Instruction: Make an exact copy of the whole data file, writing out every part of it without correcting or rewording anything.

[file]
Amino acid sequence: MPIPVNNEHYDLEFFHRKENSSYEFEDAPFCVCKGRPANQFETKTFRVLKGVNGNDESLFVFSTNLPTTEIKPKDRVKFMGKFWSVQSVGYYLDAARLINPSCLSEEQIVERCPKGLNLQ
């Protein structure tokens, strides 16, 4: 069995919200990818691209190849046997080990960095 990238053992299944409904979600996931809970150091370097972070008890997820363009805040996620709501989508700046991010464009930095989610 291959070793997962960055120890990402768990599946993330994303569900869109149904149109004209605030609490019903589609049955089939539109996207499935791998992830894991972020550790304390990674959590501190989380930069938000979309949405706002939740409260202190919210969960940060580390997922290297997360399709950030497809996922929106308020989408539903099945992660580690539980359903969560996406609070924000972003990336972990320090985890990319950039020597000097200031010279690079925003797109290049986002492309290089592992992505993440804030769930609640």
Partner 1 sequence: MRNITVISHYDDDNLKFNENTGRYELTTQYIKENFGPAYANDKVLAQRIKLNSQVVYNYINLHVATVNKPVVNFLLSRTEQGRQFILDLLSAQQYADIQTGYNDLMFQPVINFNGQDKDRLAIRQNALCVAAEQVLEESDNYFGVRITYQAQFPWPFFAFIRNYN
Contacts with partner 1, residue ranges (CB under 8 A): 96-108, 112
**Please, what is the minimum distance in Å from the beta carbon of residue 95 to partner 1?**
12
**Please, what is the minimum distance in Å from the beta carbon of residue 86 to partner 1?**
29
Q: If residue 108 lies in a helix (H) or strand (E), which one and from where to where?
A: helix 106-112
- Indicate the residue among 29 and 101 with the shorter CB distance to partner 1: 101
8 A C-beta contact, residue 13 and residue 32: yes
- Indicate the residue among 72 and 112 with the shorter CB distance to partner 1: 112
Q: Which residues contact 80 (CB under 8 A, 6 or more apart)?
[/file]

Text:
Amino acid sequence: MPIPVNNEHYDLEFFHRKENSSYEFEDAPFCVCKGRPANQFETKTFRVLKGVNGNDESLFVFSTNLPTTEIKPKDRVKFMGKFWSVQSVGYYLDAARLINPSCLSEEQIVERCPKGLNLQ
């Protein structure tokens, strides 16, 4: 069995919200990818691209190849046997080990960095 990238053992299944409904979600996931809970150091370097972070008890997820363009805040996620709501989508700046991010464009930095989610 291959070793997962960055120890990402768990599946993330994303569900869109149904149109004209605030609490019903589609049955089939539109996207499935791998992830894991972020550790304390990674959590501190989380930069938000979309949405706002939740409260202190919210969960940060580390997922290297997360399709950030497809996922929106308020989408539903099945992660580690539980359903969560996406609070924000972003990336972990320090985890990319950039020597000097200031010279690079925003797109290049986002492309290089592992992505993440804030769930609640």
Partner 1 sequence: MRNITVISHYDDDNLKFNENTGRYELTTQYIKENFGPAYANDKVLAQRIKLNSQVVYNYINLHVATVNKPVVNFLLSRTEQGRQFILDLLSAQQYADIQTGYNDLMFQPVINFNGQDKDRLAIRQNALCVAAEQVLEESDNYFGVRITYQAQFPWPFFAFIRNYN
Contacts with partner 1, residue ranges (CB under 8 A): 96-108, 112
**Please, what is the minimum distance in Å from the beta carbon of residue 95 to partner 1?**
12
**Please, what is the minimum distance in Å from the beta carbon of residue 86 to partner 1?**
29
Q: If residue 108 lies in a helix (H) or strand (E), which one and from where to where?
A: helix 106-112
- Indicate the residue among 29 and 101 with the shorter CB distance to partner 1: 101
8 A C-beta contact, residue 13 and residue 32: yes
- Indicate the residue among 72 and 112 with the shorter CB distance to partner 1: 112
Q: Which residues contact 80 (CB under 8 A, 6 or more apart)?